Saturday 20 December 2014

Top Ten Shows of 2014

I managed to see 91 shows this year, down 31 from last year - but I blame the three weeks I spent in Peru and the three weeks I managed to watch 51 films at the Melbourne Film Festival! 
Again, it has been a variety of dance, performance, cabaret, burlesque, circus and the list continues. I do feel very lucky to be living in Melbourne, a city that has such a thriving and invigorating performing arts scene. So even if your show ranks in at 91, I would still like to give a big thank you to everyone involved with all the shows I saw and creating pieces of work for people to see and discuss.
However, this will be my list of only my top ten shows of 2014, so here we go...

If I reviewed the show on an official basis, the link to the review is attached.

1. Finucane & Smith's Global Smash Club (Melbourne Fringe Festival)
North Melbourne Town Hall

So I was in two minds about including this in my top ten because it wasn't exactly a show but rather different performances spread throughout the course of an evening at the Fringe Hub BUT when I considered them as a continuous flow of performances, I was gobsmacked and hypnotised by them. The highlight of the evening was Anna Lumb's gimp hip-hop rap in response to what art is. 

It's the third F&S show I have seen (and already got my tickets booked for Caravan Burlesque) and the variety of artists and art forms continues to be daring, bold, affecting, confronting and extremely entertaining.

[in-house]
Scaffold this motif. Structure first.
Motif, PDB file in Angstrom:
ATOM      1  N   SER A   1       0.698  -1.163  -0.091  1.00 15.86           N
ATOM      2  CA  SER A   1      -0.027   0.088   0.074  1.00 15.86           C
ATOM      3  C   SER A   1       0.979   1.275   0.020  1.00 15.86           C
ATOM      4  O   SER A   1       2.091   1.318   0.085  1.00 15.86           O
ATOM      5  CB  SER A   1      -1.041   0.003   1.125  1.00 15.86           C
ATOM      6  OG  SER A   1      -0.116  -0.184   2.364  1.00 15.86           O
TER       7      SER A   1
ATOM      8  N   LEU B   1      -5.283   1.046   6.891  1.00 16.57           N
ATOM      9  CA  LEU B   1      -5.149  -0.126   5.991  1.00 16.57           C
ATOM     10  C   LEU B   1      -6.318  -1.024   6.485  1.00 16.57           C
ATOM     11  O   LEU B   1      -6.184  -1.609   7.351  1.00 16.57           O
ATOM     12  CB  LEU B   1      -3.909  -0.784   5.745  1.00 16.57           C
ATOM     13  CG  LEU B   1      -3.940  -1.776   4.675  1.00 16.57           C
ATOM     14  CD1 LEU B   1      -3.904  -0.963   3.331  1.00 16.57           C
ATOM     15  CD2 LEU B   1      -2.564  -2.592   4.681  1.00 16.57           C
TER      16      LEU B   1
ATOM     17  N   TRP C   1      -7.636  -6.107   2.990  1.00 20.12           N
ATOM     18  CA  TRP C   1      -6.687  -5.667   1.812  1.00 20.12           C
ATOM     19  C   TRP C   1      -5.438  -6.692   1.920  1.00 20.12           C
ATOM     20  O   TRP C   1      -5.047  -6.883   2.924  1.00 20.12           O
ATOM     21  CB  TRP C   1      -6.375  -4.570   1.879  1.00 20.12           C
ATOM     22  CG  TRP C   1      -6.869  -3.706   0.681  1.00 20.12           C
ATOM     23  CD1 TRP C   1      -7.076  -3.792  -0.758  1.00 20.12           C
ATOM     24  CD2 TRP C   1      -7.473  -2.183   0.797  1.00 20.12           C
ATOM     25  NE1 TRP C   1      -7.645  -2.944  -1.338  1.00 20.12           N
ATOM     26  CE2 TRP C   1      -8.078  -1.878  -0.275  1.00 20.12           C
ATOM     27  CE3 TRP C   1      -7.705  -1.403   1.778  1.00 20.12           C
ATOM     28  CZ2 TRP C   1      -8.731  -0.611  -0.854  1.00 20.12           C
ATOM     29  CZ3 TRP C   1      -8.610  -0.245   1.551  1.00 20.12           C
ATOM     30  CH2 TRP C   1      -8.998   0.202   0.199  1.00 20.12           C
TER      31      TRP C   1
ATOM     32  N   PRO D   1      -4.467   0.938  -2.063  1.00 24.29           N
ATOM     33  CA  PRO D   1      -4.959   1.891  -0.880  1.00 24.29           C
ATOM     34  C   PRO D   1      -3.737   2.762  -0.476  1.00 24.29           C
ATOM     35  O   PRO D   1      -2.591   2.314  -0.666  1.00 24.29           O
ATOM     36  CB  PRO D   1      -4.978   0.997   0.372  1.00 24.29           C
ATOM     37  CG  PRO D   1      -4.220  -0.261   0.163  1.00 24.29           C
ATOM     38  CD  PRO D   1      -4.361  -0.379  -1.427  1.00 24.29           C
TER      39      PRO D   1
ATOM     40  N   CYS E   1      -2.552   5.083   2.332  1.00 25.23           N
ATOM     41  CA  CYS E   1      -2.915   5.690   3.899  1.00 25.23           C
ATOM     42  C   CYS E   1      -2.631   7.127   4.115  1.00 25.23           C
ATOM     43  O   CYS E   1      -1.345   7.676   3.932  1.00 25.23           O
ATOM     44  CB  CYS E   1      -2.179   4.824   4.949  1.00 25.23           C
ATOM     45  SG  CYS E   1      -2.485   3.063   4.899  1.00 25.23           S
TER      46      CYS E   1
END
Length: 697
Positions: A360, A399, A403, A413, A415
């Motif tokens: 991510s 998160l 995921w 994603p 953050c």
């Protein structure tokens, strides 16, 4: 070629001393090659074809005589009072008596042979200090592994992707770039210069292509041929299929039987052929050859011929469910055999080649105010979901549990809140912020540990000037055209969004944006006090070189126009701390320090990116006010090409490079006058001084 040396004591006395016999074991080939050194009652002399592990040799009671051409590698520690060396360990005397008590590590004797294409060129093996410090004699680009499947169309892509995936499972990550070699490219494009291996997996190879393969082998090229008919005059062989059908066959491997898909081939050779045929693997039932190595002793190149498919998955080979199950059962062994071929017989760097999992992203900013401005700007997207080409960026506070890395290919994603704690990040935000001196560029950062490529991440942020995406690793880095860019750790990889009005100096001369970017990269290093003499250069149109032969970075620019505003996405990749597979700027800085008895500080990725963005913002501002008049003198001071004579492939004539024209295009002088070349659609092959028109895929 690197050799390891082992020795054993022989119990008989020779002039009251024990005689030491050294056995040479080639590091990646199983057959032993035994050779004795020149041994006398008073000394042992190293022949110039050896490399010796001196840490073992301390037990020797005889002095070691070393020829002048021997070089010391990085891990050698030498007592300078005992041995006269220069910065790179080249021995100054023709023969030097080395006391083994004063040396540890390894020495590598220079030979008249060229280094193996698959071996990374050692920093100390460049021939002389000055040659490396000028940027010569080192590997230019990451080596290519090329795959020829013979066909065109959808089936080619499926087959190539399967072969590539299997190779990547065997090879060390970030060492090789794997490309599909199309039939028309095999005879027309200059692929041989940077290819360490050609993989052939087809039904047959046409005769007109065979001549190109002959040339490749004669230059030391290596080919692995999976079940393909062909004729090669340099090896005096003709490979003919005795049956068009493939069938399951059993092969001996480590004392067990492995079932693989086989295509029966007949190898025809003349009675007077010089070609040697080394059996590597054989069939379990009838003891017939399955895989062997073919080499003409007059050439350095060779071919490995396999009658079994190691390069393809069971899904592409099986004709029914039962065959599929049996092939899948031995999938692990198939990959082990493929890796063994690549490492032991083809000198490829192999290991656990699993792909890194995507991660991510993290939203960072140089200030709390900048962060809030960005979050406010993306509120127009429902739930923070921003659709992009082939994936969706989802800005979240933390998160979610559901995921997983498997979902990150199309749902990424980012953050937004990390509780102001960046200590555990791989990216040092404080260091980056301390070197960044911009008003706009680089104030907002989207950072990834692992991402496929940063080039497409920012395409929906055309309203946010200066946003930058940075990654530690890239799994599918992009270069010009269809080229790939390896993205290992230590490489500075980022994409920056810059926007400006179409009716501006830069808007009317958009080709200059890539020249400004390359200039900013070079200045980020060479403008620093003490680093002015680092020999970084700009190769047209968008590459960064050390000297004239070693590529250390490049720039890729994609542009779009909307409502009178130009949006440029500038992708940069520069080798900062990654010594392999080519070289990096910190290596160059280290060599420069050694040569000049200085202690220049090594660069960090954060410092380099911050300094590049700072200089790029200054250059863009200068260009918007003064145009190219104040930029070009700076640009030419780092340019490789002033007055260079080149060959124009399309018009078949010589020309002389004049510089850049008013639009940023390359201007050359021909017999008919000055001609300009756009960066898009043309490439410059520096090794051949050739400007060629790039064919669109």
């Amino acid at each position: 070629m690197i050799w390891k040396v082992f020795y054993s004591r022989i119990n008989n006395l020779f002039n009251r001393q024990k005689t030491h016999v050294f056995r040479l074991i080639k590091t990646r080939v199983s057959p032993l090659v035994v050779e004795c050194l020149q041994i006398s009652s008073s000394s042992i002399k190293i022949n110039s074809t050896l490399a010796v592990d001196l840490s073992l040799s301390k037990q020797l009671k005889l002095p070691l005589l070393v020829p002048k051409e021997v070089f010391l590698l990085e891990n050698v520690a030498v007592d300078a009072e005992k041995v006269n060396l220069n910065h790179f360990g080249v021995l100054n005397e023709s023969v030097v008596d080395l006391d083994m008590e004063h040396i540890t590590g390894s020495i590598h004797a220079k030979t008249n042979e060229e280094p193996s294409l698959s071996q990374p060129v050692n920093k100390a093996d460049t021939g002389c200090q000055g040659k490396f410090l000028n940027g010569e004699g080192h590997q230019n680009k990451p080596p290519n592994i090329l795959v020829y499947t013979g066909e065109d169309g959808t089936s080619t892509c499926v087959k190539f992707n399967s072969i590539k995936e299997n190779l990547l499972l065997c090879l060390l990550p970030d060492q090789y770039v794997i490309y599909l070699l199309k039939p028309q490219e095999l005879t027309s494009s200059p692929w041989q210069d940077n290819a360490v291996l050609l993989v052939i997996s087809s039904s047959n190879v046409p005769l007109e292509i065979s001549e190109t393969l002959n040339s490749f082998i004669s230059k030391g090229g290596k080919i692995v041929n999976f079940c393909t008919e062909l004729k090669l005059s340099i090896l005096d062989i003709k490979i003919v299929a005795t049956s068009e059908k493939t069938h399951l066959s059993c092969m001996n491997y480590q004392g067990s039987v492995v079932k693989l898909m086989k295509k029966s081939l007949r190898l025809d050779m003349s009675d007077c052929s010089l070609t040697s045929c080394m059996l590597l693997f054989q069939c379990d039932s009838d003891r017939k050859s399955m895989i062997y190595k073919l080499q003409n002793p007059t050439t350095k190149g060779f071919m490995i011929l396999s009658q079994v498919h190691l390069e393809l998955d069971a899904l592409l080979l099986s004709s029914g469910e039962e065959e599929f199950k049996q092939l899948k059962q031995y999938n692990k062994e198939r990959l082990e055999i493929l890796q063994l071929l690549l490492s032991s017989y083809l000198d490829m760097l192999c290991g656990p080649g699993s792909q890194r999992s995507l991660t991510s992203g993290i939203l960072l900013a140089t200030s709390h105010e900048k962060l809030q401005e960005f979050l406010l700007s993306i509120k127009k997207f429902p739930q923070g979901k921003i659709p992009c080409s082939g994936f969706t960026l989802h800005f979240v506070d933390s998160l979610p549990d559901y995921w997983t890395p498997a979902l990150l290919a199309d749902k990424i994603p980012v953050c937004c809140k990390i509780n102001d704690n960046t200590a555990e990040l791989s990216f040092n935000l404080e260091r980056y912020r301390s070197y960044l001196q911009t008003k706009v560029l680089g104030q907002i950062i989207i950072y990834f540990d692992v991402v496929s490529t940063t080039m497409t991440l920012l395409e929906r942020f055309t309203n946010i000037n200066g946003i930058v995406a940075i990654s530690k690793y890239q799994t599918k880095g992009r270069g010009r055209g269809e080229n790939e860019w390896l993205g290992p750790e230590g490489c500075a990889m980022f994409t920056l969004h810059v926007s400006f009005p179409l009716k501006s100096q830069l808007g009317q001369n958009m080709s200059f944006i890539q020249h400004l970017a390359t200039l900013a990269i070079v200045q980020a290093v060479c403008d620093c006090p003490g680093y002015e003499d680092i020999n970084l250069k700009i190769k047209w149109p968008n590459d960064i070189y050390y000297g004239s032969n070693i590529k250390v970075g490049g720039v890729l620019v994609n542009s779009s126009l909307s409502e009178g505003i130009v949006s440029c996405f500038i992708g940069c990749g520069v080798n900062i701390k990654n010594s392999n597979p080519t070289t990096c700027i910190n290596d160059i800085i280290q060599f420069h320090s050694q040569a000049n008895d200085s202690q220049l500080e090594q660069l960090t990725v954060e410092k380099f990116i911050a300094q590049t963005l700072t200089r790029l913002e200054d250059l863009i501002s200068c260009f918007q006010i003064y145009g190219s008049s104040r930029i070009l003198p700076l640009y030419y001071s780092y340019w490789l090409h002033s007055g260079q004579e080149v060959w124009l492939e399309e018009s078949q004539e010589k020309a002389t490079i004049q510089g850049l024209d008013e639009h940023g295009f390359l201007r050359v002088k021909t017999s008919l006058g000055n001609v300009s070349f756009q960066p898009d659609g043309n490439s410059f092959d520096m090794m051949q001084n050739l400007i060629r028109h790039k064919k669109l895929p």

Friday 19 December 2014

Flashblaks review

With their recent residency at La Mama Theatre, Ilbijerri Theatre Company, Australia’s longest-running Aboriginal and Torres Strait Islander theatrical company, performed a staged reading of a new piece of work by Jacob Boehme and directed by Isaac Drandic.

Flashblaks looked at a variety of themes revolving around identity, whether it be cultural, sexual, individual or social. Boehme used three generations of women from one Indigenous family to tell this story and despite these generational gaps, the issues and struggles end in corresponding for each woman.

Monday 15 December 2014

Circus Oz's Close to the Bone review